If you use the internet, chances are you have heard of trolls. Although bandied about a little too often these days, the definition of the term ‘troll’ is loosely “one who posts a deliberately provocative message with the intention of causing maximum disruption and argument”.
Trolls are usually repeat offenders who remain anonymous and barge in on any conversation for the entertainment value of riling up others in the community. This can manifest itself as abusive, offensive or mocking comments, but could also be in the form of ridiculous questions or deliberate misunderstandings.
Some trolls are entertaining for the rest of us and fairly harmless (take the famed 27b/6 and dontevenreply) and the majority are ignored, blocked or quickly forgotten.
But most brands (and most internet users) will experience trolling at some point, either directly or indirectly, and they can be potentially damaging for a brand, so knowing how to manage them is key.
Trolls can appear anywhere, but tend to favour forums, the comments section of certain websites, and Amazon reviews. A look at the recent Amazon reviews of the Bic ‘For her’ pens provides a good example, albeit a bit of harmless fun rather than all-out malicious trolling.
Bic has remained silent about the product despite the sarcastic reviews. During Bic’s silence, a Tumblr has been created, documenting the funniest reviews and posts, and a spoof Twitter account has been set up (@bicforher), Bic obviously not having the foresight to secure this first.
It can be difficult to know how to deal with trolls, and Bic’s decision to remain silent is a tactic that, although not necessarily the best, may seem appealing.
If you’re managing a brand’s community – say your company Facebook page or own forum, how do you take back control from the trolls, when other users might be fuelling them?
Here are a few tips for good troll-management should your brand’s community fall victim:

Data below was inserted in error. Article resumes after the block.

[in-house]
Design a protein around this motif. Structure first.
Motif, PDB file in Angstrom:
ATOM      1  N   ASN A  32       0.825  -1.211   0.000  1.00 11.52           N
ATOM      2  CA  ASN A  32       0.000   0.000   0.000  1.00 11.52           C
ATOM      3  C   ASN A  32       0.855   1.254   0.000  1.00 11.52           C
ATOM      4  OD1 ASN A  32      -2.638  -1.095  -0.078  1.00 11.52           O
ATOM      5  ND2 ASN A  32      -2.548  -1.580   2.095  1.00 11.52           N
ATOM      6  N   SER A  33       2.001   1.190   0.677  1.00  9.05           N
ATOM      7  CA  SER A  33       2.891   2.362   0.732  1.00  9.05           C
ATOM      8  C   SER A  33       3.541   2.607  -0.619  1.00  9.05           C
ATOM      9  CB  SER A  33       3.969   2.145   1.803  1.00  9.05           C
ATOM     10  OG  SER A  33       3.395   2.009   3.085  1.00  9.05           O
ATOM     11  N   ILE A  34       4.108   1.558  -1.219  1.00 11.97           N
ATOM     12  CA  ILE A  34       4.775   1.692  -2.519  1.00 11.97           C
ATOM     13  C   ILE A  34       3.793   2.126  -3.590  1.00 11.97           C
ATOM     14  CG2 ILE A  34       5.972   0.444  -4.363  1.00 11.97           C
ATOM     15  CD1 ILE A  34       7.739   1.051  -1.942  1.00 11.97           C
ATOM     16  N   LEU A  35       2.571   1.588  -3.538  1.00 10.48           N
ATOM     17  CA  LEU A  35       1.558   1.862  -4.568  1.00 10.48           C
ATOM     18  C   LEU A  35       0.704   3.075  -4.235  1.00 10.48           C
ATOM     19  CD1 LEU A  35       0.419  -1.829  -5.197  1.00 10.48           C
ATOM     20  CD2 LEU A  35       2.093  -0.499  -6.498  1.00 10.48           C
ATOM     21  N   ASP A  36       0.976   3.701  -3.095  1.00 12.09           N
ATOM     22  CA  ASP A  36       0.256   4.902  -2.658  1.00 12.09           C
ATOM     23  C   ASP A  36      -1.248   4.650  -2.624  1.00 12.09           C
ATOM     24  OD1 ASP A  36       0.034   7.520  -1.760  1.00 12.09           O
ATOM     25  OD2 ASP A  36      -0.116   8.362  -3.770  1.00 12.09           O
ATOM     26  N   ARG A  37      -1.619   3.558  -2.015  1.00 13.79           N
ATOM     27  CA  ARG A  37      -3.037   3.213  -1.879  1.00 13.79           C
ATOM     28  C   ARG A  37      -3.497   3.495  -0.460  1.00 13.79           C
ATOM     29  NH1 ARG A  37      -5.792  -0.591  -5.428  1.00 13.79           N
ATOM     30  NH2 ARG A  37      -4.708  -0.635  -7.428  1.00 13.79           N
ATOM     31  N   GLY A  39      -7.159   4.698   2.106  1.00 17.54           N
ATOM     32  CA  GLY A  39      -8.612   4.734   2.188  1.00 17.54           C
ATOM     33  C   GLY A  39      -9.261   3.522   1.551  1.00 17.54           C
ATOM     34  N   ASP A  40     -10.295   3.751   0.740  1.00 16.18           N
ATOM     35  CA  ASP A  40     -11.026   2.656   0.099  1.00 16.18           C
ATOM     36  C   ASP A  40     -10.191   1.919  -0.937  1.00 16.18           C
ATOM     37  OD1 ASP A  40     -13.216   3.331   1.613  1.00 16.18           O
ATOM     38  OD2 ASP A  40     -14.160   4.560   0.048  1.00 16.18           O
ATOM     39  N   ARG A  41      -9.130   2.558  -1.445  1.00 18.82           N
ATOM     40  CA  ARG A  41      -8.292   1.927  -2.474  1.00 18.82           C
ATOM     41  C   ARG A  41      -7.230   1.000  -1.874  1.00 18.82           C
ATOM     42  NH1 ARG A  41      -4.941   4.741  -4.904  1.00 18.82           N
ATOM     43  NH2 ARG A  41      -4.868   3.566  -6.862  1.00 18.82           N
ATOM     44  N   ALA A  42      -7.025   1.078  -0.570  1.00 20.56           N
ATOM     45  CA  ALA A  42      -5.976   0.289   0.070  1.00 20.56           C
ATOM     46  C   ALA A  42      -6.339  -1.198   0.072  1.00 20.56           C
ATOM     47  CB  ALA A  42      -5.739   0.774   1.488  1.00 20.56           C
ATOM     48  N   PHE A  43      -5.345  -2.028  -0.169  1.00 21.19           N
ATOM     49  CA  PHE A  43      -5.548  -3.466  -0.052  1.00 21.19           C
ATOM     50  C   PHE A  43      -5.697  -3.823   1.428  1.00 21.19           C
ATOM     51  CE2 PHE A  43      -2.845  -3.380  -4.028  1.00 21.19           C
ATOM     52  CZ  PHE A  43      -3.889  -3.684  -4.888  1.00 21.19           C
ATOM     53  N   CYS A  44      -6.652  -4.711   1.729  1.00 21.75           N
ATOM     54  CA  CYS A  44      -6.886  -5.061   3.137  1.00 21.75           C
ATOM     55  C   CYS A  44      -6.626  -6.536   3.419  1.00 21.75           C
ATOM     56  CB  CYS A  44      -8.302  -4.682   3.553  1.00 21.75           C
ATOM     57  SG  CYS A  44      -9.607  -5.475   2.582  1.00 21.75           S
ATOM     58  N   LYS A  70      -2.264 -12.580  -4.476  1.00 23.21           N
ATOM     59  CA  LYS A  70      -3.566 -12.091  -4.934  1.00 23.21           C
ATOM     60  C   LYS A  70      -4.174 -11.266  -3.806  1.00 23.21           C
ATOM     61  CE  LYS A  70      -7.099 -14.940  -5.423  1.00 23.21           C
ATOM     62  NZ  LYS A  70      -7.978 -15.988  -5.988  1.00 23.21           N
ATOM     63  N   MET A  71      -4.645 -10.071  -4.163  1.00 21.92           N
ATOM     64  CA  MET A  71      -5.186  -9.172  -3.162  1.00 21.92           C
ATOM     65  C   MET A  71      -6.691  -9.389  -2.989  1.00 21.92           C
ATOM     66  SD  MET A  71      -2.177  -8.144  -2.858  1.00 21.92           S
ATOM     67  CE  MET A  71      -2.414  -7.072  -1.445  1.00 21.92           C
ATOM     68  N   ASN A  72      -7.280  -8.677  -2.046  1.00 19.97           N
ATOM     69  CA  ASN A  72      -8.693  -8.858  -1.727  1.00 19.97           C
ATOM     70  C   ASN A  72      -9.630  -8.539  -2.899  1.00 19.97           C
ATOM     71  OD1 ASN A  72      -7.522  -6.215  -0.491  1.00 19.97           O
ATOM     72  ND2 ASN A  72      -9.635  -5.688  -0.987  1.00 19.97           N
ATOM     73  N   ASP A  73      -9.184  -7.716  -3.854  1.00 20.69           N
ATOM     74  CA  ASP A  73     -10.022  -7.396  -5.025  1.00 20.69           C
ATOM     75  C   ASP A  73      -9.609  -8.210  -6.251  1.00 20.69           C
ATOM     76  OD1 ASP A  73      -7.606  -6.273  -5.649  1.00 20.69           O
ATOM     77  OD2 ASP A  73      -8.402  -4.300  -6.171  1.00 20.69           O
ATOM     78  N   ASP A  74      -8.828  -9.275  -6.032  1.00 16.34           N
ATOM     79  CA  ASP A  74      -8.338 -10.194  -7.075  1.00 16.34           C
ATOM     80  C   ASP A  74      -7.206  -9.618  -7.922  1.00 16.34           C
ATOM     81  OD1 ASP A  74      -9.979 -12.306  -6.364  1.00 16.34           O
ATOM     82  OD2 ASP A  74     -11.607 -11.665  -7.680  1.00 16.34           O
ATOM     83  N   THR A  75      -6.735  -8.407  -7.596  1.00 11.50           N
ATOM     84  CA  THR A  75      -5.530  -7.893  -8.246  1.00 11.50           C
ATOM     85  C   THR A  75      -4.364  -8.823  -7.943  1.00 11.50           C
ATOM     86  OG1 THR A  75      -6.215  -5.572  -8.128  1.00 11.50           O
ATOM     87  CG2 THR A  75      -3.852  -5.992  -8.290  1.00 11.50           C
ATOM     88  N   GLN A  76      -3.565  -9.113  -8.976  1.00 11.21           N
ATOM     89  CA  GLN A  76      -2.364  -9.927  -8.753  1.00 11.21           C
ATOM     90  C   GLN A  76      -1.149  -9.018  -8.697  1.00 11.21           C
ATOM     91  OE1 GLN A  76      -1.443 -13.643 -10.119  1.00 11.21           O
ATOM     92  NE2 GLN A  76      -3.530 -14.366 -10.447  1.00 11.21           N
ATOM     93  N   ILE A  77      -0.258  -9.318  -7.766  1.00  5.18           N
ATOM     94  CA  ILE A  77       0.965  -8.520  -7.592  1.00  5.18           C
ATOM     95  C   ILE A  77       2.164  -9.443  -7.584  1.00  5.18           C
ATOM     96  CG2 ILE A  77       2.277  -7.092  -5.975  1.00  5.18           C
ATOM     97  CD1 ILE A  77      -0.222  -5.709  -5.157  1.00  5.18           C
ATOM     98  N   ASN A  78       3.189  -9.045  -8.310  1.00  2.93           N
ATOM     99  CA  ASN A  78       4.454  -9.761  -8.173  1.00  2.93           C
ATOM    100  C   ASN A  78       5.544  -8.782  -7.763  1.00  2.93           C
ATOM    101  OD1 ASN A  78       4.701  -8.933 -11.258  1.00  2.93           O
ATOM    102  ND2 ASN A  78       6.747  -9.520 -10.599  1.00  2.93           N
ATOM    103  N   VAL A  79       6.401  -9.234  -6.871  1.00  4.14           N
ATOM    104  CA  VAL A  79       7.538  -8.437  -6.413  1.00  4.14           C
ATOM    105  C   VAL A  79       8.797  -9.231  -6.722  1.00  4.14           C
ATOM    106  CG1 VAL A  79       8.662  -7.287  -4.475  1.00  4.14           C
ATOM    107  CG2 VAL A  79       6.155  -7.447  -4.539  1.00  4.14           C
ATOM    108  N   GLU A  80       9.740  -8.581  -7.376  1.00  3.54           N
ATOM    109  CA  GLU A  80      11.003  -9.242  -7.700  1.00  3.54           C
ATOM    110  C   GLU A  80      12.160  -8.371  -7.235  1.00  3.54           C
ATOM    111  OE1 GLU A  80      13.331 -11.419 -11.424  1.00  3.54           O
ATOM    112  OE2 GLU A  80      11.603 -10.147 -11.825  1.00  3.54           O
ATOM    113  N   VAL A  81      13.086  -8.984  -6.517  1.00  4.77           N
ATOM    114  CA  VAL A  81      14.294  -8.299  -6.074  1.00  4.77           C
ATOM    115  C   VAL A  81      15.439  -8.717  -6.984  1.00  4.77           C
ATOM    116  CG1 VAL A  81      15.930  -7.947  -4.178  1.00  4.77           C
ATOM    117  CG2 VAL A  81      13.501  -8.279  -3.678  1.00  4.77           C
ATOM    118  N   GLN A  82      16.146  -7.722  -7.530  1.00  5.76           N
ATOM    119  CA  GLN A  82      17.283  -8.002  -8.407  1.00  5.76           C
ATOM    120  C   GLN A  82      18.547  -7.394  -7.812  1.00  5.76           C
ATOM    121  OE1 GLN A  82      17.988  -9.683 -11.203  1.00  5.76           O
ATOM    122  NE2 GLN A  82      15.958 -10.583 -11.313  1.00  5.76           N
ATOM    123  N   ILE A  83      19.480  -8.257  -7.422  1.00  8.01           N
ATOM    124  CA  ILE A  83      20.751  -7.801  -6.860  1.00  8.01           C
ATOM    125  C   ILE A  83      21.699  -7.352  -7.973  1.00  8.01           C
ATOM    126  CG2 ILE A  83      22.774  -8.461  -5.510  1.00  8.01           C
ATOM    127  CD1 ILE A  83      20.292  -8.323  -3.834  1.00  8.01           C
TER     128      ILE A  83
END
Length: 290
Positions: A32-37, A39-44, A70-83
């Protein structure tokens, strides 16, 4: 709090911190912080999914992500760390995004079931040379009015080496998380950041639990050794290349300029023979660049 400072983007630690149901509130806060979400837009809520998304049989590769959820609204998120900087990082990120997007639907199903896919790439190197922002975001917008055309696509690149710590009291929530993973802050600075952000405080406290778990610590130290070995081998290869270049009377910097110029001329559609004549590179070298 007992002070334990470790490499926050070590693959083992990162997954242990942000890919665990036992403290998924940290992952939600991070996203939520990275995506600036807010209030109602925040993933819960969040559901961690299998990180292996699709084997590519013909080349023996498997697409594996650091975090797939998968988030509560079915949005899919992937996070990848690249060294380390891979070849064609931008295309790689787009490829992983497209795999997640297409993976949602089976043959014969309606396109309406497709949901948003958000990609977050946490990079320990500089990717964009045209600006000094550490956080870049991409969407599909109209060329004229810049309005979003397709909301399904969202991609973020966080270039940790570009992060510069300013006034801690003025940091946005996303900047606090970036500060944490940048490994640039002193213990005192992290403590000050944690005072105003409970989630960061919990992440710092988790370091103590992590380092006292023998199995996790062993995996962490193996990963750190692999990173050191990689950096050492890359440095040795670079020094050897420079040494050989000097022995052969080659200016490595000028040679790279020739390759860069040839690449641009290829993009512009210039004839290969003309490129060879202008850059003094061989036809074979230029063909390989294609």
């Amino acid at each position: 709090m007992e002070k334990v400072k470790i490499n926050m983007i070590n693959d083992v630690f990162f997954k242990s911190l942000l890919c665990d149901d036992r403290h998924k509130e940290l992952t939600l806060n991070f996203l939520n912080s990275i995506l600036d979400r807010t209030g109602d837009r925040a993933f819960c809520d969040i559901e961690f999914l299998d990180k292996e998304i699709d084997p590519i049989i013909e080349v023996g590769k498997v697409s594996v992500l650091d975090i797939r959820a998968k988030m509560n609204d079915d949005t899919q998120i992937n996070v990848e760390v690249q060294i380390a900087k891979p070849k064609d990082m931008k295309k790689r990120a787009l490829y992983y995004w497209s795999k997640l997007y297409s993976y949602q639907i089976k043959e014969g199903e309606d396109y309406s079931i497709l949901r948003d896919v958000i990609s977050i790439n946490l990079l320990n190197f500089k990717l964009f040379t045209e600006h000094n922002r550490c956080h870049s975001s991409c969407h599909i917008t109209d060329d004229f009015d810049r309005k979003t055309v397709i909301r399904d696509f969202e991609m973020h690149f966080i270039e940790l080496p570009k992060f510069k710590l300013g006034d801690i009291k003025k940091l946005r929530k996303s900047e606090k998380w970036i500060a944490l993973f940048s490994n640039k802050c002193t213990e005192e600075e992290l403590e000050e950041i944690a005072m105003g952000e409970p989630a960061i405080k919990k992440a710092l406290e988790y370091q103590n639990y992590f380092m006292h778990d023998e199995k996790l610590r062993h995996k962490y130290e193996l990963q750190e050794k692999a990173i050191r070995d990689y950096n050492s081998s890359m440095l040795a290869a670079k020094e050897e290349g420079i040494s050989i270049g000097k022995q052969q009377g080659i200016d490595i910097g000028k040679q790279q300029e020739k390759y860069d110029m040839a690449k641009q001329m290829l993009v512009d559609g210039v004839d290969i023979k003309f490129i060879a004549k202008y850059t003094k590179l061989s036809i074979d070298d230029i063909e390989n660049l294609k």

Don’t assume that the comment is by a troll. Sometimes it’s easy to jump to the conclusion that someone is a troll, but just because they are posting something mean, misinformed or offensive doesn’t necessarily mean they are one; they might just not be a very nice person!
Don’t get drawn in
Firstly, you never know who you are speaking to on the internet, so if you do respond to a possible troll, be careful about what you say.
Secondly, though it might be tempting to get drawn into arguments or even to answering what seem to be genuine but ridiculous questions (Gary Glitter, take note), consider the impact of your response and whether it is really worth it. Remember, trolls want a reaction, hence the well-used phrase ‘don’t feed the trolls’, so don’t indulge them if you can help it.
To delete or not to delete?
Brands that delete posts – especially those that are merely from disgruntled customers rather than actual ‘trolls’ – often anger other members of the community, as this can be seen as a form of censorship. Be extremely careful about deleting posts – and consider the possible repercussions if you do.
Miscommunication within your team and company can lead to a bad situation becoming a disastrous one. Have a clear internal policy for dealing with trolls and other online situations should they arise, so that there is a consistent handling of them. The variation in types of trolls makes it difficult to create specific guidelines, but at least a rough outline of the kind of approach you will take will be invaluable should a crisis occur.
It is also a good idea to clearly state on your website or community rules regarding posts, so that you can justify any action you do take against troll posts.
Monitor, monitor, monitor
Make sure you are monitoring your online presence at all times. Often, inaction means situations escalate when they could have been nipped in the bud. Whether it is a customer complaint that goes viral due to a lack of response as for Ryanair, or a troll comment that breeds a huge chain of negative, distracting or potentially damaging discussion, you at least want to be aware of what is going on.
Using social media monitoring tools –both free and paid-for – can help with this, especially around times when your brand is releasing a new campaign, product or announcement.
Troll management is a tricky area, but armed with these tips (and some common sense!) you should find yourself prepared to deal with any situation should the trolls decide to visit.
About the author
Jasmine Jaume is a Community Manager at Brandwatch, Europe’s leading social media monitoring tool. Jasmine’s background is in journalism, having previously worked in the realm of online and print publications, before moving into the social media monitoring sphere due to a growing passion for all things social.
Troll 1:Credit Soheny Rodriguez (narux26)
Troll 2: Please credit Marco Mayer